There is something to the movie The Secret Life of Walter Mitty that I just love. Every time I hear the music, I feel the sky of possibility opening as a melancholy feeling simultaneously hits. And today, while finishing my ACLS recertification, I realized another reason why: Walter Mitty finally starts designing his way forward. And you can too.
While sitting in between cases, one of my partners asked me why I went to medical school. I have been asked that question in numerous contexts. Each time, I think I give a slightly different answer. This time I said, at the time it seemed like both the brave and the safe decision at the time. Inspiring, huh? Where were the inspiration and the design?
For those of you who haven’t seen it (spoiler alert), Walter Mitty starts on a routine commute to the office in which the mundane is interrupted by Mitty’s dreams of exciting adventures and dynamic comebacks from an overbearing boss, which then fades back into the reality of his perceived life of tedium and impending firing. He is so caught up in his dream life that he almost misses out on the biggest compliment and opportunity of his life. It’s only when he starts taking the next step forward that his mind clears and his dream life begins.
As physicians, we get caught in this step. We often are already living a version of our lives that we only dreamed about as undergrads, interns, and residents, but without the inspiration. Can you remember when you dreamed of the impact you were going to have as a physician? Have you ever found yourself dreaming about how you wish things were if you had done or actually done the brave thing only to return to your current routine the same? Have you wondered if there was a dream job, career, or life for you outside of the traditional bounds of medicine and job descriptions?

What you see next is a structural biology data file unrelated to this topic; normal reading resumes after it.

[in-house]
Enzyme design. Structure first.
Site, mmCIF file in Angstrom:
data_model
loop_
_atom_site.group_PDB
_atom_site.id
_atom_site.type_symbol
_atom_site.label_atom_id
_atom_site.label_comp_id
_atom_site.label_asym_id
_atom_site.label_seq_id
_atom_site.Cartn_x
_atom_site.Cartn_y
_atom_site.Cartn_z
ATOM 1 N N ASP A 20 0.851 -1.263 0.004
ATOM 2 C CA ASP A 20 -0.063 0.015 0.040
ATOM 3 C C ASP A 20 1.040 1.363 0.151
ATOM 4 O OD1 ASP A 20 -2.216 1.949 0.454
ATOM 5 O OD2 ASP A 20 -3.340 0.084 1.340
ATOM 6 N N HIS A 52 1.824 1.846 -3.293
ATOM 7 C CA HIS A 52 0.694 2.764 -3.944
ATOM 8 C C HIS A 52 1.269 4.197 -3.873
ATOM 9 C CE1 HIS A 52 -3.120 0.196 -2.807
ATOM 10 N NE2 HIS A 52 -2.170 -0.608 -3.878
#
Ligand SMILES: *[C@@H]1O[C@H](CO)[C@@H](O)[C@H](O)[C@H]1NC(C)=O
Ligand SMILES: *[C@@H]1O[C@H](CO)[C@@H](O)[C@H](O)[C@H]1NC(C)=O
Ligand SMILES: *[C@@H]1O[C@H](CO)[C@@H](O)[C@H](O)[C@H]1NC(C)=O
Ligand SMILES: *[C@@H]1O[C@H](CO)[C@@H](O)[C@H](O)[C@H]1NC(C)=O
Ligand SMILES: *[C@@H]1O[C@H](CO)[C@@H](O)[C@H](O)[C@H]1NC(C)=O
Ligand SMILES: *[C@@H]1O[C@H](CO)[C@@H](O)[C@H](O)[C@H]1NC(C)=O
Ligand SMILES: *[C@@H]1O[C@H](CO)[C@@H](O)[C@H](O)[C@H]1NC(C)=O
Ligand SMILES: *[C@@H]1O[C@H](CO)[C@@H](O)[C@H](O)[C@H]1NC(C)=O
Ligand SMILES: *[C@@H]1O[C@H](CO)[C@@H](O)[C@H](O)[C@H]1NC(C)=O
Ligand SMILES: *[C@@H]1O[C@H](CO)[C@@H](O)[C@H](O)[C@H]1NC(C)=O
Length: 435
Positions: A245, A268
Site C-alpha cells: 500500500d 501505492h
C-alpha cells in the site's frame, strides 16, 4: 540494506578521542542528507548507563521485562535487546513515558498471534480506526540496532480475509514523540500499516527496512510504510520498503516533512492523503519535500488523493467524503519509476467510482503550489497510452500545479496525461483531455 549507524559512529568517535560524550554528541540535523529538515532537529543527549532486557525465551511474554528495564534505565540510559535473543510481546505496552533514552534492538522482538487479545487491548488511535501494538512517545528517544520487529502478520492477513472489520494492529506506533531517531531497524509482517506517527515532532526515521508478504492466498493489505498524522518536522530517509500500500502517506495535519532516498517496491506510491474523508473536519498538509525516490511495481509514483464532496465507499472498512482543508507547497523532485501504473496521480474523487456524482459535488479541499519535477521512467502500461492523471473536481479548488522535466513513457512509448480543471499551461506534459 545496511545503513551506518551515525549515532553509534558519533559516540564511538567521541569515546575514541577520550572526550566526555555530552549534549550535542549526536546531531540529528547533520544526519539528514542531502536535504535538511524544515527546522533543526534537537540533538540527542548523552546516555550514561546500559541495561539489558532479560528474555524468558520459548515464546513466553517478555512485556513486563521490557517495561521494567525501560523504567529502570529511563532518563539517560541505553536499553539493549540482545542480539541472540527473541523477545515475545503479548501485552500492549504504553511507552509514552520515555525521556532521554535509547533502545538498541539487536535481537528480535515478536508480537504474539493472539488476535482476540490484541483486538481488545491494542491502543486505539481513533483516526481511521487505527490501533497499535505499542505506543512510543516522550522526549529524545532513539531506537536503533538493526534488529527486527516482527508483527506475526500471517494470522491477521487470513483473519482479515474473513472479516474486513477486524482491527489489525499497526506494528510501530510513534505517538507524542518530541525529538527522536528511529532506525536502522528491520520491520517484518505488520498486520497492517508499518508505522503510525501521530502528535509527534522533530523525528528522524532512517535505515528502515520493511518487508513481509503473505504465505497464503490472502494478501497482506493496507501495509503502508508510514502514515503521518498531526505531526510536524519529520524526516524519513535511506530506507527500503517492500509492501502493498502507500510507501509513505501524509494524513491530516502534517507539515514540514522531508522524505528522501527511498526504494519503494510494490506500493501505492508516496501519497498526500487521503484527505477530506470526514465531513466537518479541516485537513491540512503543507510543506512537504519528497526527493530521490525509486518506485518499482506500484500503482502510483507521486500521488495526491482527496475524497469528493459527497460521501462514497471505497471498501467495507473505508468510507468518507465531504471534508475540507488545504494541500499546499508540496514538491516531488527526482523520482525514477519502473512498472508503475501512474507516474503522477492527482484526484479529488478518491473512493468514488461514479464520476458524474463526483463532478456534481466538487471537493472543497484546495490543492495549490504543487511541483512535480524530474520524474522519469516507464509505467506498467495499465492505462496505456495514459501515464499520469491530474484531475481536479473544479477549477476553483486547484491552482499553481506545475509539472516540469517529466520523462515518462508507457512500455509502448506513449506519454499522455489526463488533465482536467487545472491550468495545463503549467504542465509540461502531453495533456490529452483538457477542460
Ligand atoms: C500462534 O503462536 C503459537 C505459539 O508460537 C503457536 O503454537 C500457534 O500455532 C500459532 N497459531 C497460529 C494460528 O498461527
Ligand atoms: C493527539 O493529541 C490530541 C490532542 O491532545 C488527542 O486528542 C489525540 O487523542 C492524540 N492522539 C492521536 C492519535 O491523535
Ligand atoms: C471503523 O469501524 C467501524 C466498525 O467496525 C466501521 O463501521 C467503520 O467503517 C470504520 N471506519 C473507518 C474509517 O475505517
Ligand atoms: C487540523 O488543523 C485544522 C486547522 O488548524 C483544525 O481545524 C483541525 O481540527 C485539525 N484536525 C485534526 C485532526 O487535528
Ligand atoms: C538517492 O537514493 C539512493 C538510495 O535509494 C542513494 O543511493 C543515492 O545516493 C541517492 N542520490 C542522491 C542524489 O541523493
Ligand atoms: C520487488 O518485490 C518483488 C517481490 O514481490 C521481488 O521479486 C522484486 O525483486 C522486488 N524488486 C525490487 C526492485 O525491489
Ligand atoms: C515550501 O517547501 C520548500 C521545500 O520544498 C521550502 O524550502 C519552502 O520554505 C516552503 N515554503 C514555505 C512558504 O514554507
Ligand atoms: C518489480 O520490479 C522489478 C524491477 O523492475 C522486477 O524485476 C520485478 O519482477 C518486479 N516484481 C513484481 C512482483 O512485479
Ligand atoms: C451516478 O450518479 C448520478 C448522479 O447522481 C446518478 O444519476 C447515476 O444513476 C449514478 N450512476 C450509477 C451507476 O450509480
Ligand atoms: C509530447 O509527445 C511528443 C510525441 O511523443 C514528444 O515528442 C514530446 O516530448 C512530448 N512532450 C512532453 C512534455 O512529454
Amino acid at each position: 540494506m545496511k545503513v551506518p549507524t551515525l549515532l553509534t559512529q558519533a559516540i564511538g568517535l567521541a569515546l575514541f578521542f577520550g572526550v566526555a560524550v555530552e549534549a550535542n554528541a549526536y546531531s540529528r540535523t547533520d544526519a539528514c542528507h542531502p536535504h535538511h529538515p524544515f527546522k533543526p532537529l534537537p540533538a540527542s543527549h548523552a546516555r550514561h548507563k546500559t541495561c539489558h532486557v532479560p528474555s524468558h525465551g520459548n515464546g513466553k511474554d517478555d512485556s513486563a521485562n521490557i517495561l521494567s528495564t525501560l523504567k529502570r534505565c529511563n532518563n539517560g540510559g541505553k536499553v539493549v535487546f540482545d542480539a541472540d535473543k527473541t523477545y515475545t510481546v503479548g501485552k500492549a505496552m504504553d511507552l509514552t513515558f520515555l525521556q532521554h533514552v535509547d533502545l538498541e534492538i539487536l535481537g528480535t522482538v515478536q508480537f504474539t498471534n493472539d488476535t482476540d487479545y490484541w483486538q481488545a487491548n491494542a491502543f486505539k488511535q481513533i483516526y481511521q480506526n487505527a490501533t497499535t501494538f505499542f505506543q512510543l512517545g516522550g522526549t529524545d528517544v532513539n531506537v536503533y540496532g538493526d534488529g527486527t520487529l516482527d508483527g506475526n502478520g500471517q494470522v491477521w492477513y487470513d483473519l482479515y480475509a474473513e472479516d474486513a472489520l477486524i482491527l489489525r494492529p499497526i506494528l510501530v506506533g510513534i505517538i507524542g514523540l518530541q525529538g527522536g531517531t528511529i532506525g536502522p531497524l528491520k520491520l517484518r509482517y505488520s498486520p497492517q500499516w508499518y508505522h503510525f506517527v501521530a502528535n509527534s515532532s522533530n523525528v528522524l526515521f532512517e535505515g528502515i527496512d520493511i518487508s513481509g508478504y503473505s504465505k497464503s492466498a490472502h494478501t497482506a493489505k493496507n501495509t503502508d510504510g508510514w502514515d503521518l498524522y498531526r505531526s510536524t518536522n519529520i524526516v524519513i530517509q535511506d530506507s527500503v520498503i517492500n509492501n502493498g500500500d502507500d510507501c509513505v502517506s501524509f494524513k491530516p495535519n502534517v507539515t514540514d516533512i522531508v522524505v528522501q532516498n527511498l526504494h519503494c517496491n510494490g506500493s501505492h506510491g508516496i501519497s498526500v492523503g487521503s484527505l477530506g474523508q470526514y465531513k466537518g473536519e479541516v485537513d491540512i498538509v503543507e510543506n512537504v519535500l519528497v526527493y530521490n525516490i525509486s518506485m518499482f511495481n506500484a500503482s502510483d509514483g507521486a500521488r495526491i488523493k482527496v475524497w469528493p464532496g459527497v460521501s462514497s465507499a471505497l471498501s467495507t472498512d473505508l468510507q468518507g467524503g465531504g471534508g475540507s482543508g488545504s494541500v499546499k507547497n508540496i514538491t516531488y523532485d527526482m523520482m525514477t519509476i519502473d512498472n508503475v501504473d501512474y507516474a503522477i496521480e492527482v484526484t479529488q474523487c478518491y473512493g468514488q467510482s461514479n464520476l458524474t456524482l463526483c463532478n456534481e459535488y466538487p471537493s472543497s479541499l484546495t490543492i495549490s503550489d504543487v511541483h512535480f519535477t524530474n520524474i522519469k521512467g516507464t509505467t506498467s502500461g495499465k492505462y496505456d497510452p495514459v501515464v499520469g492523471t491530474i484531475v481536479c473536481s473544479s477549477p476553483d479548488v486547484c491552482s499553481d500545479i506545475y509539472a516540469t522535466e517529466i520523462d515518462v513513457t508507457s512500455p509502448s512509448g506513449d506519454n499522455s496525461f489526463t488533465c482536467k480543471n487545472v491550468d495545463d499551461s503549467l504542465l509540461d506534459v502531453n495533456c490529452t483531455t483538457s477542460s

I want to challenge you to remember that person who took that chance, whatever it was, and took the next step. Start prototyping your life, designing your way forward through your current challenges. We need this. You need this. Since medical school, I have heard how broken, and unsustainable medicine is. And I bet you have felt that way about your own career at some point. Maybe you do it today. And if we all take that next step, maybe we can design our way into careers and lives that are just a bit better with each step And maybe, just maybe, this can help transform medicine today.
So go watch the movie, take that next step, and start designing your life instead of accepting what is. And when you’re ready, tell me how it goes. Because I’m doing the same, and it’s scary. But the alternative is no longer worth it because my dreams keep interrupting my reality instead of the other way around.
As Jose Gonzales says in Staying Alive,
There’s a rhythm and rush these days
Where the lights don’t move and the colors don’t fade
Leaves you empty with nothing but dreams …
But there is a truth and it’s on our side
Dawn is coming open your eyes.
So I am opening my eyes and redesigning. Won’t you join?
Melissa Welker is an anesthesiologist.
Image credit: Shutterstock.com